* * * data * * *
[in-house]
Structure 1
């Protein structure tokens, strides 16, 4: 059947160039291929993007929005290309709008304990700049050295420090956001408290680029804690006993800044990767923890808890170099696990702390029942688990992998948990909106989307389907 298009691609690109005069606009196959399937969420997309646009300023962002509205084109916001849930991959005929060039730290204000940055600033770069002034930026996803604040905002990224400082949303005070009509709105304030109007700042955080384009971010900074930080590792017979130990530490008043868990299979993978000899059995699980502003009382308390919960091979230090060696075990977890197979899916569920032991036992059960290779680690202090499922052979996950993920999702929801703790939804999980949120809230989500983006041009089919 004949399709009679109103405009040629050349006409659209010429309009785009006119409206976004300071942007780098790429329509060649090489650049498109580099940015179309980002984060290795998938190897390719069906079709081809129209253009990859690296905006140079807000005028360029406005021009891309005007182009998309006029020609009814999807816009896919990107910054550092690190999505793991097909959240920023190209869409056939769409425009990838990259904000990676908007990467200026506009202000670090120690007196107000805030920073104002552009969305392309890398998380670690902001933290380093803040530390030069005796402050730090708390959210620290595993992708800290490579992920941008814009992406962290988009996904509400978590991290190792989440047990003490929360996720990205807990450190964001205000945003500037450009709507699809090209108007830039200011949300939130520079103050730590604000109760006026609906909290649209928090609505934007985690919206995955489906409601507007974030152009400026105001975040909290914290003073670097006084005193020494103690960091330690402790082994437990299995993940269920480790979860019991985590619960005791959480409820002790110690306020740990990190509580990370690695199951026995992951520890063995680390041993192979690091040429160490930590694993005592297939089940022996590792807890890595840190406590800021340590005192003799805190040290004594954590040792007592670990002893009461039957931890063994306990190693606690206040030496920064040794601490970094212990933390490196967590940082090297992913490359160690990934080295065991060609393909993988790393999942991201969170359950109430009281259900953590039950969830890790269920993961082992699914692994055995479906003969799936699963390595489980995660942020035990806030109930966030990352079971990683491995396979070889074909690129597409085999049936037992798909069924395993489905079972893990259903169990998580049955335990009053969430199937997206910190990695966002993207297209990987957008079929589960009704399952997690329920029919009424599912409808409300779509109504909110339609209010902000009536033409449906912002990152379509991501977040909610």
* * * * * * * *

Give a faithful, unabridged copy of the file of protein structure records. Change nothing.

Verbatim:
[in-house]
Structure 1
């Protein structure tokens, strides 16, 4: 059947160039291929993007929005290309709008304990700049050295420090956001408290680029804690006993800044990767923890808890170099696990702390029942688990992998948990909106989307389907 298009691609690109005069606009196959399937969420997309646009300023962002509205084109916001849930991959005929060039730290204000940055600033770069002034930026996803604040905002990224400082949303005070009509709105304030109007700042955080384009971010900074930080590792017979130990530490008043868990299979993978000899059995699980502003009382308390919960091979230090060696075990977890197979899916569920032991036992059960290779680690202090499922052979996950993920999702929801703790939804999980949120809230989500983006041009089919 004949399709009679109103405009040629050349006409659209010429309009785009006119409206976004300071942007780098790429329509060649090489650049498109580099940015179309980002984060290795998938190897390719069906079709081809129209253009990859690296905006140079807000005028360029406005021009891309005007182009998309006029020609009814999807816009896919990107910054550092690190999505793991097909959240920023190209869409056939769409425009990838990259904000990676908007990467200026506009202000670090120690007196107000805030920073104002552009969305392309890398998380670690902001933290380093803040530390030069005796402050730090708390959210620290595993992708800290490579992920941008814009992406962290988009996904509400978590991290190792989440047990003490929360996720990205807990450190964001205000945003500037450009709507699809090209108007830039200011949300939130520079103050730590604000109760006026609906909290649209928090609505934007985690919206995955489906409601507007974030152009400026105001975040909290914290003073670097006084005193020494103690960091330690402790082994437990299995993940269920480790979860019991985590619960005791959480409820002790110690306020740990990190509580990370690695199951026995992951520890063995680390041993192979690091040429160490930590694993005592297939089940022996590792807890890595840190406590800021340590005192003799805190040290004594954590040792007592670990002893009461039957931890063994306990190693606690206040030496920064040794601490970094212990933390490196967590940082090297992913490359160690990934080295065991060609393909993988790393999942991201969170359950109430009281259900953590039950969830890790269920993961082992699914692994055995479906003969799936699963390595489980995660942020035990806030109930966030990352079971990683491995396979070889074909690129597409085999049936037992798909069924395993489905079972893990259903169990998580049955335990009053969430199937997206910190990695966002993207297209990987957008079929589960009704399952997690329920029919009424599912409808409300779509109504909110339609209010902000009536033409449906912002990152379509991501977040909610």